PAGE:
Have you, like me, been experiencing a sharp stabbing pain in the wallet each time you fill the car up?
Normally I don’t register those little fluctuations in the price of petrol. But now, as the meter ticks ever higher before that click-off mechanism on the nozzle activates, one has more time to contemplate the complex geopolitical connection between your guzzling gas tank and the rulers of the global oil economy.
Standing in that bland suburban forecourt, you are briefly but directly plugged into that tumultuous world of occupation, resistance, bombing and execution that might otherwise just be part of the media wallpaper.
There are many factors influencing the cost of a litre of gas, some of them merely the perennial machinations of the oil cartels that can turn supply and demand off and on like the valves on their wells. But shadowing every move by OPEC now is the spectre of the masked extremist and suicide bomber.
After the recent attack by suspected al Qaeda gangsters in Saudi Arabia, for instance, already inflated crude oil prices shot to record highs almost instantly. This was not part of George Bush’s game plan. The liberation of Iraq’s oil fields was meant to have improved flows to the west and brought down prices. Instead they have increased by 50 per cent.
Depending on who you read, prices are expected to decrease slightly once speculation and hedging against future “uncertainties” diminishes, and what is known as the “terrorist premium” (fill ‘er up!) reduces. But that is also predicated on attacks on oil infrastructure and personnel not getting worse or – horror of horrors – actually causing the fall of the Saudi regime. As I write, pipelines are burning in southern and northern Iraq, another group of foreign contractors has been blown up in Baghdad and the markets are responding “nervously”.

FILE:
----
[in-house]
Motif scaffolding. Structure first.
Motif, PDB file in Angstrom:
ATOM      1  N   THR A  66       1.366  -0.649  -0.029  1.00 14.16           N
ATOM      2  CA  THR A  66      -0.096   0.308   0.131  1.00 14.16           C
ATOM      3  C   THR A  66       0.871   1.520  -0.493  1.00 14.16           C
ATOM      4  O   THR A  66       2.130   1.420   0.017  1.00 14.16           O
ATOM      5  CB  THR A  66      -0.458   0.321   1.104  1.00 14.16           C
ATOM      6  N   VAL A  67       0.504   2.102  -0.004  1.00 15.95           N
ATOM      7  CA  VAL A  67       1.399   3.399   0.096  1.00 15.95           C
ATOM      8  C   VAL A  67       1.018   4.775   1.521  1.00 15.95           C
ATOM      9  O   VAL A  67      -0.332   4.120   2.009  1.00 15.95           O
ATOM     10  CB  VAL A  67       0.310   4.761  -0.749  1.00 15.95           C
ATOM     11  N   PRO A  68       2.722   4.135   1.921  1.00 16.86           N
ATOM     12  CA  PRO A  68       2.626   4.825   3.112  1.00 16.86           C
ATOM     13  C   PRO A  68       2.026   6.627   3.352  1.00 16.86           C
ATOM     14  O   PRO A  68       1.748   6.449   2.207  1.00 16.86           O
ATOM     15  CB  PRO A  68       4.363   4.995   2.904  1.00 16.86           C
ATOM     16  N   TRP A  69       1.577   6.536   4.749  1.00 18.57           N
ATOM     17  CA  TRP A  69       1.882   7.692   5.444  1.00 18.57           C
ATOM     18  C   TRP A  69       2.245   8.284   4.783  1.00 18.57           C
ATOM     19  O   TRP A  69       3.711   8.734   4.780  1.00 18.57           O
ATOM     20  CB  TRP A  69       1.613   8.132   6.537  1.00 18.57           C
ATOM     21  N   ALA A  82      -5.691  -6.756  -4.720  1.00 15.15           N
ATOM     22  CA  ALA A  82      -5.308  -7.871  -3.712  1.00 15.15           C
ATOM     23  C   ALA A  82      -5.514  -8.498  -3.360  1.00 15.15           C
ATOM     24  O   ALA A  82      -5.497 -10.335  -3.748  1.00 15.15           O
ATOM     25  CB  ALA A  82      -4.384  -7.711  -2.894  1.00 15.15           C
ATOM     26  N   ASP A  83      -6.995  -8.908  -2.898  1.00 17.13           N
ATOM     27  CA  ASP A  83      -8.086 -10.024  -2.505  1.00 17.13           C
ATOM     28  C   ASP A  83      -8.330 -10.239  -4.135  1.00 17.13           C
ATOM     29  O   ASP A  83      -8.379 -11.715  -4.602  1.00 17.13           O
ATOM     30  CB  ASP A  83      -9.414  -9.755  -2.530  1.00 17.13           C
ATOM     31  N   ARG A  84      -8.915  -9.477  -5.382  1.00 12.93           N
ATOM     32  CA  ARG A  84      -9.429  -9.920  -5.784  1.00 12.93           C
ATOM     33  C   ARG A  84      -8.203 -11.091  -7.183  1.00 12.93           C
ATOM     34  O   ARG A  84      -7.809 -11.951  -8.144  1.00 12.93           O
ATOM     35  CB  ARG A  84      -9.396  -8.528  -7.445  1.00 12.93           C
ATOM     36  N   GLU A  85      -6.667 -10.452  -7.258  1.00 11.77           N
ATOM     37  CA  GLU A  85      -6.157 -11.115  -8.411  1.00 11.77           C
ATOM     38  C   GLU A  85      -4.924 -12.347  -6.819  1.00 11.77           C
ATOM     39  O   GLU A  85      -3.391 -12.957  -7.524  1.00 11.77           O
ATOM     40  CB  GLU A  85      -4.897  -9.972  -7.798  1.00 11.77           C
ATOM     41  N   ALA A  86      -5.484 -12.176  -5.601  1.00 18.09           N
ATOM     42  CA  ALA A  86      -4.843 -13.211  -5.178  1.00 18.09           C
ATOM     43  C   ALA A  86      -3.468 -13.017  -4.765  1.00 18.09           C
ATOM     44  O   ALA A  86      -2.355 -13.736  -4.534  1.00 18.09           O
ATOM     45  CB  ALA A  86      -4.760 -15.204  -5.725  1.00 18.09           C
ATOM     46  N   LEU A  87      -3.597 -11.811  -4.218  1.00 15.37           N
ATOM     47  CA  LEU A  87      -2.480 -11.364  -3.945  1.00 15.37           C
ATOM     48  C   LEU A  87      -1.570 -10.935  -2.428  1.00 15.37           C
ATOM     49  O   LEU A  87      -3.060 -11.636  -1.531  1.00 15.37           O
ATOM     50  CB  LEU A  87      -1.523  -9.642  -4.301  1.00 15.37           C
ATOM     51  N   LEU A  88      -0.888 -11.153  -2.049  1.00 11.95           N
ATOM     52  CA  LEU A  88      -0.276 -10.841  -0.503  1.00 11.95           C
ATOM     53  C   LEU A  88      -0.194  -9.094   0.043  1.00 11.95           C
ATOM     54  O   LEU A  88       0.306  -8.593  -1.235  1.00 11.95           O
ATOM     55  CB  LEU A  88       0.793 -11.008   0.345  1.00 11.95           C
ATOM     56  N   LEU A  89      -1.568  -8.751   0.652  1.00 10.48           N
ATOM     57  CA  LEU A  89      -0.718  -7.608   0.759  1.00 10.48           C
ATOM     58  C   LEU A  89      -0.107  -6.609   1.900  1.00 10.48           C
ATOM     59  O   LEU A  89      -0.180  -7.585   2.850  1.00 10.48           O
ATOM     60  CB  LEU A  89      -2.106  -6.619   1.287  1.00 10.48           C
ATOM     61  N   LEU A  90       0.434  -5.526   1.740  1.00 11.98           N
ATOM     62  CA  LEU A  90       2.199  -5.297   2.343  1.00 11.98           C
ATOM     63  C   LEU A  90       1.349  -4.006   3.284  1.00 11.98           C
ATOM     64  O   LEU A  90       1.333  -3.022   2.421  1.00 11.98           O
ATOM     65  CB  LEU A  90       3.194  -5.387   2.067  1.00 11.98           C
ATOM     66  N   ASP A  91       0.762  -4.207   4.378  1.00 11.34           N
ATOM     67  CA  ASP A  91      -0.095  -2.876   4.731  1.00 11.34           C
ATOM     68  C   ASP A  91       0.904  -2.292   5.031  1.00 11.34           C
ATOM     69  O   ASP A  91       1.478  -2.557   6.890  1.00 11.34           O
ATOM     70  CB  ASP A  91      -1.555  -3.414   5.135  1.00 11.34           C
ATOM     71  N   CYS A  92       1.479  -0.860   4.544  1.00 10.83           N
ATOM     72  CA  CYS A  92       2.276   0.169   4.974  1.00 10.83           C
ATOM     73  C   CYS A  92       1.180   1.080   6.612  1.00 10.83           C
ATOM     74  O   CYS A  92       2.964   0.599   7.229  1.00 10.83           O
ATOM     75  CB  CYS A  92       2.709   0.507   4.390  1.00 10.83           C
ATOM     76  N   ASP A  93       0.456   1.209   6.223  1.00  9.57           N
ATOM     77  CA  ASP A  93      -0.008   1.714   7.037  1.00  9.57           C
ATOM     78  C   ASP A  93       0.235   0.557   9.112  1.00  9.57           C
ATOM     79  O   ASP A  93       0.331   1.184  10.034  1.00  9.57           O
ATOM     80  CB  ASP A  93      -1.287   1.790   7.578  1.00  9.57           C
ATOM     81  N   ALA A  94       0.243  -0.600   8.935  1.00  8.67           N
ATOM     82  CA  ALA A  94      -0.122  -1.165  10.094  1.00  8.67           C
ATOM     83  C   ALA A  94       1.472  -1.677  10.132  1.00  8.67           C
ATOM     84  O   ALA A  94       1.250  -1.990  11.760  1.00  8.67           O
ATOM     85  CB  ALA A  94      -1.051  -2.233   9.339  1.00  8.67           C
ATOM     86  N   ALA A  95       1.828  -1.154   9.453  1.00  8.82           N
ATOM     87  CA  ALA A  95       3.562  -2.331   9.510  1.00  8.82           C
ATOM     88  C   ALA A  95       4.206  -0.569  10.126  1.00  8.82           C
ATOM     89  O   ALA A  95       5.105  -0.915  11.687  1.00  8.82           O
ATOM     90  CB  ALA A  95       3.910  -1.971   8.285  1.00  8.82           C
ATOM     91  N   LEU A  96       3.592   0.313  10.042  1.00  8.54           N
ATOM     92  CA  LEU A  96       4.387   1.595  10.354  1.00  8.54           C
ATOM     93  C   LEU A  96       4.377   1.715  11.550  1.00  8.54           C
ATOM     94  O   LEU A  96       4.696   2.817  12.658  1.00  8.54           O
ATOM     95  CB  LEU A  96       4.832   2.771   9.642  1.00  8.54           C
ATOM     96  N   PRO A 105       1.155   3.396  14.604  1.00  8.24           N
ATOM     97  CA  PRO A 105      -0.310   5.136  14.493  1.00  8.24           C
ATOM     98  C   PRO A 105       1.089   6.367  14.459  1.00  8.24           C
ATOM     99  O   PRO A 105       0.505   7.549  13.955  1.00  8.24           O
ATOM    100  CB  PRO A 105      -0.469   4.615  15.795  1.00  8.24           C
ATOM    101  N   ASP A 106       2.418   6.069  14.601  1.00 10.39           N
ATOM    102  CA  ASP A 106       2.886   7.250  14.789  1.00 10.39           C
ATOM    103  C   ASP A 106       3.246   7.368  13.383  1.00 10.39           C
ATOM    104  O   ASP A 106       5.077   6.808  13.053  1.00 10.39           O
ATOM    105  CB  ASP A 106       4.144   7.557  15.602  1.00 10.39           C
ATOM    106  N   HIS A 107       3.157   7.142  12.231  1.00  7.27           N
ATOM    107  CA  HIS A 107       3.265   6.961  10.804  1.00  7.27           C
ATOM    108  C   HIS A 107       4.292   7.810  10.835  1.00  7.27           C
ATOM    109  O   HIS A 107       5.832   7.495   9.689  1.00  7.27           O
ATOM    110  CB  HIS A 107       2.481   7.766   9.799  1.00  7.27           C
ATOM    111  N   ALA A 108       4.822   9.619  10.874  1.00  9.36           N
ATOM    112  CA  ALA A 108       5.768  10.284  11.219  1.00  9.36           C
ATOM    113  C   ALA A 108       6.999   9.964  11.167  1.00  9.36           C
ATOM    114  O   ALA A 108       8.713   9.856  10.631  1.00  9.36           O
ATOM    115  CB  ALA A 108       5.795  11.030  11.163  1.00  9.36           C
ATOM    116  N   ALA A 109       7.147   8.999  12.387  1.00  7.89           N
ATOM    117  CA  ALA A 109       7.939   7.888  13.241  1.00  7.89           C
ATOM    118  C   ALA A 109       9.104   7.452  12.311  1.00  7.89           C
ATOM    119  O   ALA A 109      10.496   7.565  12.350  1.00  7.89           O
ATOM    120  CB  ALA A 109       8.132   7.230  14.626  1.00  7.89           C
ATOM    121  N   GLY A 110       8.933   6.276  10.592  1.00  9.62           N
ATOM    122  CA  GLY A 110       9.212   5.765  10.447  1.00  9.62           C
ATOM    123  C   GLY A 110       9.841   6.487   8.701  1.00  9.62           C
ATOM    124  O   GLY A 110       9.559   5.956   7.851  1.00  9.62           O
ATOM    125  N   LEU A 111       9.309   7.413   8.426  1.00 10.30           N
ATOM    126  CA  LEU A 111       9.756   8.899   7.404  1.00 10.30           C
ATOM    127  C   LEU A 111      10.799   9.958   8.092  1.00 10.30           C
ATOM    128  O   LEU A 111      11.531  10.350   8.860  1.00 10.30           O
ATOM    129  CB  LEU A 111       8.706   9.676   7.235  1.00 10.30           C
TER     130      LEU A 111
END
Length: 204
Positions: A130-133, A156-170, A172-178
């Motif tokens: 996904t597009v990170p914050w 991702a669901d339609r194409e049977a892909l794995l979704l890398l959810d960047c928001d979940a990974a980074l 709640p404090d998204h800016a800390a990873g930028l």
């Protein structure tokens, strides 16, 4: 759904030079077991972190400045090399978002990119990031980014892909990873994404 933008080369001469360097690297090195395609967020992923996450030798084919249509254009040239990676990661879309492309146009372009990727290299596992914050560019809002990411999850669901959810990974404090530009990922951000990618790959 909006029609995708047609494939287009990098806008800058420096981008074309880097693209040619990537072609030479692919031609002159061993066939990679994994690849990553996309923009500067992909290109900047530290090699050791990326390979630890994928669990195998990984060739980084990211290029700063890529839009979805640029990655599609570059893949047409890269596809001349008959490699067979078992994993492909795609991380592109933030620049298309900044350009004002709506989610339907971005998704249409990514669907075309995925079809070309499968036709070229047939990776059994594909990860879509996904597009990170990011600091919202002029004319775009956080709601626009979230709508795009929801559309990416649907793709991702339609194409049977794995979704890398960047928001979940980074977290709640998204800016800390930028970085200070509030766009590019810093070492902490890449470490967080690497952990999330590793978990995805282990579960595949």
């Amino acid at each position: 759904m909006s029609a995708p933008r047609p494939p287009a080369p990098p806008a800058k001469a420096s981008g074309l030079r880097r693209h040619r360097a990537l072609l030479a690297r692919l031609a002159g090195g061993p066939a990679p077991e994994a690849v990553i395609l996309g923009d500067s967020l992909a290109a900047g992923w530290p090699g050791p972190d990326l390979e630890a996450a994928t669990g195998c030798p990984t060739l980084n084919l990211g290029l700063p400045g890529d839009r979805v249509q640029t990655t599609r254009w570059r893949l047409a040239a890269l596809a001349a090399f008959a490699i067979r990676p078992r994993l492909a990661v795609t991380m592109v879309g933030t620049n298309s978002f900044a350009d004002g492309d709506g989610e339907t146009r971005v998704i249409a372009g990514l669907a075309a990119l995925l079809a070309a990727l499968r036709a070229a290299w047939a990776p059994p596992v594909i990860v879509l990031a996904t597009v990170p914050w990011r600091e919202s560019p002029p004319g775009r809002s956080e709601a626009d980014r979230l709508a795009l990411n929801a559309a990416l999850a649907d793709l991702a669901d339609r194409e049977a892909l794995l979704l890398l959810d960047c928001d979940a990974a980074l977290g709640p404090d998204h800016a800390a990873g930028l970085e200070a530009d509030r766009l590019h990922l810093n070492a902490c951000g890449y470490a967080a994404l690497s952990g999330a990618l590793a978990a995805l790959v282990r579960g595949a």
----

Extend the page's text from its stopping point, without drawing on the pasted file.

Now, you might assume governments will begin to act in the interests of consumers when oil supply fluctuations start to bite. After all, inflation’s no good for anyone, is it? Perhaps. But there is also the possibility we’re living through the early phases of something much bigger than just another temporary “crisis” and which history will record as a turning point.
And that’s how we deal with the coming and predictable scarcity of fossil fuels.
You may have already heard of a thing called “Hubbert’s peak”. Hubbert was the geologist who (along with later analysts who revised his figures) more or less accurately predicted when global oil production would hit its maximum output – around 2006-2010. Once over this peak, with demand steadily outstripping supply, prices will inevitably climb. For a world obsessed with growth and globalisation, the potential consequences are dire – and a little harder to fix than by car pooling in the Auckland rush hour.
China, for instance, is on track to overtake the US, Europe and Japan for new automobile consumption. The only question, if Hubbert was right, is whether the factories making the cars will run out of oil before the cars they make run out of affordable petrol. (Which might, after all, save us all from choking the planet or cooking the climate in the first place, but let’s not complicate matters.)
One way to deal with the problem, of course, is to do what the oil-crazed oligarchs of Washington appear to have opted for: draw a map of the world’s strategic oil and gas reserves and transport routes, then find excuses to launch wars or counter-insurgencies in the hot spots. From the Straits of Malucca to the Middle East to central Asia to Latin America, the US has been increasing its military presence in oil and energy rich neighbourhoods.
I realise the blood-for-oil explanation is looked on in some quarters as the ultimate conspiracy theory. But, as historian and writer Mike Davis recently suggested, the uncanny congruence of the “war on terror” with the bits of the globe you might stick a drill into or build a pipeline across, certainly doesn’t do anything to dispel it.
From the imperial-warrior point of view, such a solution to an impending oil famine is entirely logical – location, location, location in khaki. The net result, though, is to protect the investment and future profits of the cartels and their viziers at the expense of global security, social development and environmental sustainability.
As Davis also points out, “The rising value of an increasingly scarce resource is a form of monopoly rent.” If it meant a permanent crude price rise to $US50 per barrel, it would equate to transferring “at least $US1 trillion per decade from consumers to oil producers. In plain English, this would be the greatest robbery by a rentier elite in world history. Someday, Enron may seem like the equivalent of a liquor store hold-up by comparison”.
Likewise, someday, the current unpleasantness in the Middle East and elsewhere may seem like merely the opening skirmishes in this century’s defining conflict. Car Wars rather than star wars.